Feminine Mystique 1

Today, I started Betty Friedan’s 1963 feminist classic, The Feminine Mystique.  I first learned of this book from an episode of Quantum Leap, which, interestingly, had a couple of good episodes on feminism!  The one I’m thinking about was entitled “Runaway.”  Sam lept into a 13 year-old boy, whose sister was continually tormenting him!  The year was 1964, and his family was on a cross-country trip.  The dad was driving, while the mom was reading Betty Friedan’s Feminine Mystique.  Sam’s mission was to keep the mom from running away from her family with an old boyfriend, out of discontent with her role as a homemaker.  But it turns out that she didn’t run away at all, but she fell off a cliff.  Fortunately, with Sam’s help, she got rescued, right before he paid back the sister for all of her bad deeds!  And the mother found a way to support her family, while also pursuing other hopes and dreams.

So what is the “feminine mystique”?  Ms. Friedan actually defines it on page 37:

The feminine mystique says that the highest value and the only commitment for women is the fulfillment of their own femininity.  It says that the great mistake of Western culture, through most of its history, has been the undervaluation of this femininity.  It says this femininity is so mysterious and intuitive and close to the creation and origin of life that man-made science may never be able to understand it.  But however special and different, it is in no way inferior to the nature of man; it may even in certain respects be superior.  The mistake, says the mystique, the root of women’s troubles in the past is that women envied men, women tried to be like men, instead of accepting their own nature, which can find fulfillment only in sexual passivity, male domination, and nurturing maternal love.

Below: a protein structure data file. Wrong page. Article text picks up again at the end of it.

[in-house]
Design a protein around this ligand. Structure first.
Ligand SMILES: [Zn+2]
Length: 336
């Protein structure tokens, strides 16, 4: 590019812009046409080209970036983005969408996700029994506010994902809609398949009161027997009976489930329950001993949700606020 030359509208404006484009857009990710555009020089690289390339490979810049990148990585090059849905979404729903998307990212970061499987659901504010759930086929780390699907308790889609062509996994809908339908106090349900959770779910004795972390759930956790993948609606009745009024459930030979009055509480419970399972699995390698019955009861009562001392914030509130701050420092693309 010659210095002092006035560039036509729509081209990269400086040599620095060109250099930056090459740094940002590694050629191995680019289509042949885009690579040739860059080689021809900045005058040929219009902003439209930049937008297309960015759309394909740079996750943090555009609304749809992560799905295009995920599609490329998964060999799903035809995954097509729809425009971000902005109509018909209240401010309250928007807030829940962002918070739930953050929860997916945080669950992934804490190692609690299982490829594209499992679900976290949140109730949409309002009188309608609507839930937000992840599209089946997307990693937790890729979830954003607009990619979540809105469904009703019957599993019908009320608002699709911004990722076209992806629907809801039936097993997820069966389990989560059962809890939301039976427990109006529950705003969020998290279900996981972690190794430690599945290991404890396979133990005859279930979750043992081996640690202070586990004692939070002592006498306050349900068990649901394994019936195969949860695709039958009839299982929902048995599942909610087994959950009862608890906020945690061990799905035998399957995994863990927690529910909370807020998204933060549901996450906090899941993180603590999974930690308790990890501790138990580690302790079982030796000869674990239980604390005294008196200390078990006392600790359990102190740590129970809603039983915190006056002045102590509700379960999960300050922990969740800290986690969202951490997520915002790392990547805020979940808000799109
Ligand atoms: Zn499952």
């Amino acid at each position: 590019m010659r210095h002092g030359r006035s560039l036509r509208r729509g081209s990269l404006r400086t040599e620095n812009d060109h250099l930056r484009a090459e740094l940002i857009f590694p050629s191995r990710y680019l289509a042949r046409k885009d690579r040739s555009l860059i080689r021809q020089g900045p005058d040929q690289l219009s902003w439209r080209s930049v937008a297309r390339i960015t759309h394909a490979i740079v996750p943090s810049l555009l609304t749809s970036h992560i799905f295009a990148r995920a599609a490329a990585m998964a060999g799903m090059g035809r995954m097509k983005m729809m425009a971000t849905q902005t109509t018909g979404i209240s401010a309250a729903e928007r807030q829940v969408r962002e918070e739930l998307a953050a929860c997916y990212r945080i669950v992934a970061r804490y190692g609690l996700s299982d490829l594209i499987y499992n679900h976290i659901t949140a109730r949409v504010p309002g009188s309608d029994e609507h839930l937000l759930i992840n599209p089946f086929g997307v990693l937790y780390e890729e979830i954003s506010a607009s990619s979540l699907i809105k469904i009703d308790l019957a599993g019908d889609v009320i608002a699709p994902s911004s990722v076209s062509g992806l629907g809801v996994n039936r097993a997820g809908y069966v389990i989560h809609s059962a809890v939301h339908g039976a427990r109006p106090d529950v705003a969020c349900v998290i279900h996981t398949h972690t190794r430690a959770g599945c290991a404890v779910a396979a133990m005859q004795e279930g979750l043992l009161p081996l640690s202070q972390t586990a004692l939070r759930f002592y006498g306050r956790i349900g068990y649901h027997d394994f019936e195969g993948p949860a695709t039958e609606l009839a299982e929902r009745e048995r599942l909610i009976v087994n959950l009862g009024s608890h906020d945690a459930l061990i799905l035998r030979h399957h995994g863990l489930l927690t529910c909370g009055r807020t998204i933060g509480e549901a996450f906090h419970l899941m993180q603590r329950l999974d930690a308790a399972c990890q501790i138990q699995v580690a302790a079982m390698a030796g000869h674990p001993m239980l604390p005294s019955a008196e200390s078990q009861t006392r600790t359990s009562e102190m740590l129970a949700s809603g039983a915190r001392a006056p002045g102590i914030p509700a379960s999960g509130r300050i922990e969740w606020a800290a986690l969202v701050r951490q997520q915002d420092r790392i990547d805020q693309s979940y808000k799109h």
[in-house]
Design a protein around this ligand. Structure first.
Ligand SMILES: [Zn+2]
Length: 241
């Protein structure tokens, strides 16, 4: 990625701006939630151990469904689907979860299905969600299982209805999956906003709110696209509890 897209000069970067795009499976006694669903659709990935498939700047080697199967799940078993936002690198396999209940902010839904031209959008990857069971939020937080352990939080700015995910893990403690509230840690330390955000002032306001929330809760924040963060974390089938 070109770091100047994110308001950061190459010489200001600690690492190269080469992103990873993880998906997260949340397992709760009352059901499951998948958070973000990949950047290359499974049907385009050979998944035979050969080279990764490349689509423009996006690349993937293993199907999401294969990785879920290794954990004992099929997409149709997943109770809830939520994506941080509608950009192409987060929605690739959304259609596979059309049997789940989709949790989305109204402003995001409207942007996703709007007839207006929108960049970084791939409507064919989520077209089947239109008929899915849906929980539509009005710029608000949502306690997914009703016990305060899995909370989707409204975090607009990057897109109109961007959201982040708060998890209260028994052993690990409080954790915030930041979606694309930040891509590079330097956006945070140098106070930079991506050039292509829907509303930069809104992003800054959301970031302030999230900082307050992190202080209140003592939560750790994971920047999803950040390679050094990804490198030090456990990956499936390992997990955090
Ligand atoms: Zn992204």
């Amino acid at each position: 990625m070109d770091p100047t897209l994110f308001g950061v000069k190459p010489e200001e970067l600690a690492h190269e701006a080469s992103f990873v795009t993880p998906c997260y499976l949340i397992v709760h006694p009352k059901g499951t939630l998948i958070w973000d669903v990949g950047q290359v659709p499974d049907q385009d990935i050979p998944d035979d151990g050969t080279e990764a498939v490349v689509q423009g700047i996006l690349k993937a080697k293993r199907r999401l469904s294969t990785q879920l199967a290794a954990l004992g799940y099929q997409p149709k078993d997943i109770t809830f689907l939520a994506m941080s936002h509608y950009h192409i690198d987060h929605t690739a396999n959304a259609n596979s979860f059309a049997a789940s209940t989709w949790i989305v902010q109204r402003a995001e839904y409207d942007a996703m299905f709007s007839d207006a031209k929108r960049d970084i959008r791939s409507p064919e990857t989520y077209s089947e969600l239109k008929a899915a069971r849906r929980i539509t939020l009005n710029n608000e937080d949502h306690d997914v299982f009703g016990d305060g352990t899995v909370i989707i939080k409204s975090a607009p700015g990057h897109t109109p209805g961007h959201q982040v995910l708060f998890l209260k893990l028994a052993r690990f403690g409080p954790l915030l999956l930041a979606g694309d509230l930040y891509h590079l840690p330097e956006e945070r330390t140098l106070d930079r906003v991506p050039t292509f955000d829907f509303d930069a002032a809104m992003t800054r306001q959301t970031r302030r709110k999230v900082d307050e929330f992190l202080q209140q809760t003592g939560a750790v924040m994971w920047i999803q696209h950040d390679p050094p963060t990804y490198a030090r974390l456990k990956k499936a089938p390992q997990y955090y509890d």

And so the “feminine mystique” is a myth that tells women to embrace their natural, God-given, and mysterious role as women—as wives and mothers.  According to this myth, that is the only way that women can find fulfillment in life.  Ms. Friedan’s problem with this widely-propagated myth is that she knows of many women who do not find fulfillment in this role.  They wonder if there’s more to life than taking care of their kids and their husbands.  Many of them went to college and gave up their dreams to have a family.  And, while there are housewives who’ve tried to cure their boredom with hobbies, committees, and PTA events, they feel that their own individuality has been lost in their role as somebody else’s wife or mother.